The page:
The uncomfortable truth about Planned Obsolescence in tech
Building for failure
We’ve all seen and experienced this phenomena in every technology device we have used - the incompatibility with older models, newer models being released every year with minor changes, shorter battery cycles - but most of us just accept it as it is, without realizing these are actually deliberate modifications.
Planned obsolescence, or the building of a product with an artificially limited useful life so that it becomes obsolete after a certain period of time, is a common occurrence that has been associated with large tech companies in recent times. What used to be “how long this device can last” would turn into “how much more can I exploit servicing, software updates, accessories upsell and eventually forcing customers into upgrading regularly.
A common unique feature that is seen in smartphones and laptops include the difficulty for consumers to repair their devices themselves. For example, Apple was one of the first few companies to eliminate removable batteries (however, they claimed that it was to allow for slimmer frames). This then inevitably forces customers to visit Apple stores or pay additional monthly warranty subscription fees in the form of AppleCare.
Another feature also includes making older devices useless by slowing them down through software updates that users were never given a choice to. And adding the fact that they also limit certain apps to be downloaded, this adds to the user frustration as well. What this results would be for consumers to purchase newer phone models that are released within short time period intervals of one another.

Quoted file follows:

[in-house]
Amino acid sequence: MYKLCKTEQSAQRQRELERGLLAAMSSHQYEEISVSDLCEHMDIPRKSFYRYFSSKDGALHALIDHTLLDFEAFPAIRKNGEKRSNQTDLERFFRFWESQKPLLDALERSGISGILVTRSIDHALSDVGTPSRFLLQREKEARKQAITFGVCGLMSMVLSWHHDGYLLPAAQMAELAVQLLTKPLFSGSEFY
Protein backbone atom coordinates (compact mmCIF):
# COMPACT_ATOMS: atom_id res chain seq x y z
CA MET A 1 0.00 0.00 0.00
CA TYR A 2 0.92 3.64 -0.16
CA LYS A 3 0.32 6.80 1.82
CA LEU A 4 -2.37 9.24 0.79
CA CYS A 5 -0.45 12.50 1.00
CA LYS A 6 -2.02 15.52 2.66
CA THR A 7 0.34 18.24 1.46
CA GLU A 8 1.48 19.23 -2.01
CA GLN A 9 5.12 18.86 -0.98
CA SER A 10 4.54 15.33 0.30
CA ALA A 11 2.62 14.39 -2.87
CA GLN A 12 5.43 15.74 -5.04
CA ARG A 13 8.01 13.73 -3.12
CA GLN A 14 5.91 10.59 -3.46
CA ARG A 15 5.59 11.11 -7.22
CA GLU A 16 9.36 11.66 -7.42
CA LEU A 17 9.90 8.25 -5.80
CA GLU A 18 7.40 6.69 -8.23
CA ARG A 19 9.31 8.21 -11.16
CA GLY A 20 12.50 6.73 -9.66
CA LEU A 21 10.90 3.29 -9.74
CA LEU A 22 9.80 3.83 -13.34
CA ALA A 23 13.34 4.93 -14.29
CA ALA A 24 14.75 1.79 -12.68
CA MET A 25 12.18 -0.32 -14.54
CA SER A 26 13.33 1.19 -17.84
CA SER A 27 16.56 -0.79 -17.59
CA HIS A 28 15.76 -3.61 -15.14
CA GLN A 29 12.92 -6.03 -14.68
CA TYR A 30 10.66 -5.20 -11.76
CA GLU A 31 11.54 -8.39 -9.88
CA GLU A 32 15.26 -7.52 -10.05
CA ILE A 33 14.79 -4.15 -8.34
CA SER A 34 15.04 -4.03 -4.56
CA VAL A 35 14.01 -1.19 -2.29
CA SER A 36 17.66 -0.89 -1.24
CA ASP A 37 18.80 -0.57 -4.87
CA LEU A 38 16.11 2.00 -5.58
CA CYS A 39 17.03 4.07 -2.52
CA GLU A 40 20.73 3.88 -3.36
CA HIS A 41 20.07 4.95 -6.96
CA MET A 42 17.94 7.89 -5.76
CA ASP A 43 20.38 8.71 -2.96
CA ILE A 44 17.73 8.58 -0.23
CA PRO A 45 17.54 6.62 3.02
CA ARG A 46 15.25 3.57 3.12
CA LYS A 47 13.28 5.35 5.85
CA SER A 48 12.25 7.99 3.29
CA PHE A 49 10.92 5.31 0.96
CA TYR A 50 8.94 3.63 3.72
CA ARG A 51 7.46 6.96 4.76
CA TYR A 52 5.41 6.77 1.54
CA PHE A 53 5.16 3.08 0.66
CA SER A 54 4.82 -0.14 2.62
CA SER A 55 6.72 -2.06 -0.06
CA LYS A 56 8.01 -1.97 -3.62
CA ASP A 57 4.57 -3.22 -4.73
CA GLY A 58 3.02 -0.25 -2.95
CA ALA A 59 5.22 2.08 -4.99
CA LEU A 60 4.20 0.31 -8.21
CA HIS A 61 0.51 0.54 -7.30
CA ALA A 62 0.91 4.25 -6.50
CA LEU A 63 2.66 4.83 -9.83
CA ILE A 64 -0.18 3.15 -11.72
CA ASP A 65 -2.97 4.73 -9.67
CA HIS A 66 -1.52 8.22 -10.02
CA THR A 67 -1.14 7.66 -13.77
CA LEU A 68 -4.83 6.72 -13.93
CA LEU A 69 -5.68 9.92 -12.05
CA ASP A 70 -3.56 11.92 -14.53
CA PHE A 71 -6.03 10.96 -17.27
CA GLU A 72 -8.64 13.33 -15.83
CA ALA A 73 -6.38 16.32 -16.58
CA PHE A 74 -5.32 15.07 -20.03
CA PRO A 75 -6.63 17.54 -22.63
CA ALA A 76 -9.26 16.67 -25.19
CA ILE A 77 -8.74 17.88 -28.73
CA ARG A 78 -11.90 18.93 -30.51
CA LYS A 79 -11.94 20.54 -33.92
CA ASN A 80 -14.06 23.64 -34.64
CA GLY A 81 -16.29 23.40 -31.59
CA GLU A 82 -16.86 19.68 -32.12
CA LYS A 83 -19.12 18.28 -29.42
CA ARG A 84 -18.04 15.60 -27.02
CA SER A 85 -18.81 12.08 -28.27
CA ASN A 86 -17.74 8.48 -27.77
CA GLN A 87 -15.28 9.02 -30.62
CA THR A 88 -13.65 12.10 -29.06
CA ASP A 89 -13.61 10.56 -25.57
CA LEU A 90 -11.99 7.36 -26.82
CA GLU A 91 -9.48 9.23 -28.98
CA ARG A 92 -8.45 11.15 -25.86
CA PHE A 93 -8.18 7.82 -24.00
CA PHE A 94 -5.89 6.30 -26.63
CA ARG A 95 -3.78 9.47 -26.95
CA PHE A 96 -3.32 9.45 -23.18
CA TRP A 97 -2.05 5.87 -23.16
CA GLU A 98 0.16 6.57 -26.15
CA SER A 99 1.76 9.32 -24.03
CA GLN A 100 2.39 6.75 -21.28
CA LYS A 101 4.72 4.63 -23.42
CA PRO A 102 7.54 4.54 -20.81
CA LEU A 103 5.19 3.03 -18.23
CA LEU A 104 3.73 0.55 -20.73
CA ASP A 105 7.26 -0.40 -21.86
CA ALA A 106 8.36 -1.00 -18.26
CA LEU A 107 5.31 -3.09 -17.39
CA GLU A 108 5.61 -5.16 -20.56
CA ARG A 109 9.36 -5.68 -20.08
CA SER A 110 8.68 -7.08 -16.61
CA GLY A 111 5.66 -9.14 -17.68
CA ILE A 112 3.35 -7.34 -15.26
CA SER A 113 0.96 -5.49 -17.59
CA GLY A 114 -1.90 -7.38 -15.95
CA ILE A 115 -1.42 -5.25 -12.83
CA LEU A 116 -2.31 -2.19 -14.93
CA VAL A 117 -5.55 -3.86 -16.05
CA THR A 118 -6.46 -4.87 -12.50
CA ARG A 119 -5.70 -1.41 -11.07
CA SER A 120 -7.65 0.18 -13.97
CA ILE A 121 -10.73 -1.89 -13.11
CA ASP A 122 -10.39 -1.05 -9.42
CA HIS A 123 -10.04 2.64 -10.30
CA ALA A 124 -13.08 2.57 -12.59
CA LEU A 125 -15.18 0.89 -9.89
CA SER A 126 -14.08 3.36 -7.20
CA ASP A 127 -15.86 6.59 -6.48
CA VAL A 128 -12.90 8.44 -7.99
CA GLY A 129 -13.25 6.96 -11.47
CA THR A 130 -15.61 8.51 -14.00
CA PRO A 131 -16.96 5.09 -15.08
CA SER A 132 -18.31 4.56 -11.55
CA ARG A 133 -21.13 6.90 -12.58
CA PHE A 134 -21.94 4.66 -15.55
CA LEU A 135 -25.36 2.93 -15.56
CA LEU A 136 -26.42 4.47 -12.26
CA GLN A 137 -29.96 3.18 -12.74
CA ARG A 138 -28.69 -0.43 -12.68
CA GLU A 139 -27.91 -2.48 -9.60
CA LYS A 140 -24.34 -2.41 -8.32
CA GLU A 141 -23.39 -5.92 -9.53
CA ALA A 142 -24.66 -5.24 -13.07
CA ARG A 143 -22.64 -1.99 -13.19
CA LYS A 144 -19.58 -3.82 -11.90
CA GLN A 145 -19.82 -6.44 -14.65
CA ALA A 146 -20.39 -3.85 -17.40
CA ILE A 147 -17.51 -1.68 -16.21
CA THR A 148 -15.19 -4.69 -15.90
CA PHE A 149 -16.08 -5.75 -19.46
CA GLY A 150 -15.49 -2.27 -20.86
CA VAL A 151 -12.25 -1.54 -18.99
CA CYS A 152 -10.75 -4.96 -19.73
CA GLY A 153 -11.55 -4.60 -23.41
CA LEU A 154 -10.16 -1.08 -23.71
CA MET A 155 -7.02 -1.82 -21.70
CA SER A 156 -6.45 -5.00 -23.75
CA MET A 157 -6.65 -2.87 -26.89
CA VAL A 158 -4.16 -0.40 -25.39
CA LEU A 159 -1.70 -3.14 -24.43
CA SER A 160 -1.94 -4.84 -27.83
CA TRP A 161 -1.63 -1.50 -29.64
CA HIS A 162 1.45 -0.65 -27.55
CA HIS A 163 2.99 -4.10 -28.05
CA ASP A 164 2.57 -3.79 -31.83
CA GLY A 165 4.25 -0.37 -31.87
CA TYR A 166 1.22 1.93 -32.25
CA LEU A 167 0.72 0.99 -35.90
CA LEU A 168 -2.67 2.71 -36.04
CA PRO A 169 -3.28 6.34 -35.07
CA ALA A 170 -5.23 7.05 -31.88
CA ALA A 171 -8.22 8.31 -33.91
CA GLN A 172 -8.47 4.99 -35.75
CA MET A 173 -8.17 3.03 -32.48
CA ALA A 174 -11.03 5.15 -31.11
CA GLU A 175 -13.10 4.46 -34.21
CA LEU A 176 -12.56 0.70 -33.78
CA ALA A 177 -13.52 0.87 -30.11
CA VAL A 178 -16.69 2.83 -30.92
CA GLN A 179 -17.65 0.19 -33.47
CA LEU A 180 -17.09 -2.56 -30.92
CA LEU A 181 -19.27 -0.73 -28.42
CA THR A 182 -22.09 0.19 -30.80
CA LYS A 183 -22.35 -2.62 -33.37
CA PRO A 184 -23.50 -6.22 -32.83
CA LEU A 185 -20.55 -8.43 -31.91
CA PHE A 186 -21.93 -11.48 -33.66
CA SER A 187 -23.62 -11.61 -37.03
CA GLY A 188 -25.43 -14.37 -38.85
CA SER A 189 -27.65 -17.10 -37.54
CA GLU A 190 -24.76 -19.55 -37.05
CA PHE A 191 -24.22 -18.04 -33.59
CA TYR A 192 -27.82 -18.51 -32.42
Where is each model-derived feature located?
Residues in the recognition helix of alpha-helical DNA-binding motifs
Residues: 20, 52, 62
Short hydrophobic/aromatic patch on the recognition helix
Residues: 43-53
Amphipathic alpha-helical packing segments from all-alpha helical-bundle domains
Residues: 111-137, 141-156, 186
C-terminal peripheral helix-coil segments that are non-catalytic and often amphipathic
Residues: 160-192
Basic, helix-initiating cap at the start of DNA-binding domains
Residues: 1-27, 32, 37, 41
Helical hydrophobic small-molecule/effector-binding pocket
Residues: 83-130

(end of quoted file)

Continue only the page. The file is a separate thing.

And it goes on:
All of this not only results in hyper-consumerism but it also greatly affects the planet negatively. E-waste is a major concern with regards to planned obsolescence as it is very difficult to recycle these smartphone products. One of the best ways would be to resell these older models to someone who may really need it or by fixing specific parts to ensure that it has a longer lifespan. Furthermore, continuing to purchase newer models will only signal to these tech giants that there is a strong demand and that they will continuously produce newer models with lesser features.
Not all hope is lost
Thankfully, there are some government initiatives and regulatory bodies that have been active in mitigating this but the onus still lies in the consumer from exacerbating this issue. Yes, we love using the latest tech products but it is also important to make sure that they last. Even if you can afford the latest phone model, that doesn't mean you should be getting one!